Several important bilateral meetings with international leaders have also been held outside the national capital. This includes the meeting between Indian PM Narendra Modi and Chinese President Xi Jinping in Mahabalipuram (Tamil Nadu) in 2019. In 2016, then French President Francois Hollande landed in Chandigarh (designed by French architect Le Corbusier).

Another important reiteration of the diaspora factor recently was when Tamil Nadu Chief Minister MK Stalin congratulated Malaysian PM Anwar Ibrahim after he took over as PM. Said Stalin in a message: “On behalf of the people of Tamil Nadu, I extend my greetings to Dato Seri @anwaribrahim on his appointment as the 10th Prime Minister of Malaysia. Looking forward to enhance our cooperation in culture, trade and investment in future.”

India’s presidency of the G20 (December 1, 2022 – November 30, 2023) and the events being held outside the national capital are also likely to give a boost to para-diplomacy. In an all-party meeting chaired by PM Narendra Modi, in December 2022, to seek suggestions for the government’s plans for the G20 presidency, Chief Ministers of several states – Odisha, Maharashtra, Andhra Pradesh, West Bengal, Tamil Nadu and Delhi were present. While PM Modi called for consensus during this meeting, Chief Ministers belonging to other parties provided inputs and also extended their support. 

With India focusing on promoting tourism in 2023, and G20 related meetings being held in several cities, state governments and central governments need to work in close coordination. While speaking at the financial inclusion event West Bengal Chief Minister Mamata Banerjee highlighted some of her government’s steps towards women’s empowerment, for MSME’s. The West Bengal CM while referring to the Indian political system said: “It is a big democratic country. The government of India is a different political party. Ours is a different one. Every political party when they do development work, it is their decision making.”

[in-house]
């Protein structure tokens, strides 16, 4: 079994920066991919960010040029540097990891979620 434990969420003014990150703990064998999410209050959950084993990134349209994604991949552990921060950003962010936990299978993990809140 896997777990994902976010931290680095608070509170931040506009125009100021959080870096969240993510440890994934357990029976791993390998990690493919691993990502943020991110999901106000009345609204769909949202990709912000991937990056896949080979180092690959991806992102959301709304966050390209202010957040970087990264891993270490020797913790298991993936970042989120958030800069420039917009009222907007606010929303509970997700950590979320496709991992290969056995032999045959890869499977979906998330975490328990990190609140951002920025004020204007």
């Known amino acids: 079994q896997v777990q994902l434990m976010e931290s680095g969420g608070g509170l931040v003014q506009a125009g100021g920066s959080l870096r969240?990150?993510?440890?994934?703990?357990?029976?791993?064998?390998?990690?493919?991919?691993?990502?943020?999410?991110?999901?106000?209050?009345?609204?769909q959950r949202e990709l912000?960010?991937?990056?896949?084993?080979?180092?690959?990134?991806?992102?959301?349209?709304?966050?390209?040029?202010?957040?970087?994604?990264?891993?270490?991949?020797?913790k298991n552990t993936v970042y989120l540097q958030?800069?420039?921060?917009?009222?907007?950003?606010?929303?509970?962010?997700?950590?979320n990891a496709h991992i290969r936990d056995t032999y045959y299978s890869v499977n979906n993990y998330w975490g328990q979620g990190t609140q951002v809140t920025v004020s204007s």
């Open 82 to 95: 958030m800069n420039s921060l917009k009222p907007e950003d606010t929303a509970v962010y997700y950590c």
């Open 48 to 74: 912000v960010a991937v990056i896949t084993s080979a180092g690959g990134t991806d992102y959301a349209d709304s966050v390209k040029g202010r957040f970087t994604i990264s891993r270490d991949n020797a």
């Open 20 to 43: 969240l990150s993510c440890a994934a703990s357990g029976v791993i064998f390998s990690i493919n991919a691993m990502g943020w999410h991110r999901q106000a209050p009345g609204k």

The government of India has also said that state governments have been working closely for making G20 meetings a success. 

In spite of numerous challenges, para-diplomacy in India has become a reality. India’s presidency of G20 and the meetings held in different cities will give a further boost not just to cooperative federalism, where state and central governments work together, but also highlight the role of state governments in foreign policy.

[Photo by Narendra Modi, GODL-India, via Wikimedia Commons]

The views and opinions expressed in this article are those of the author.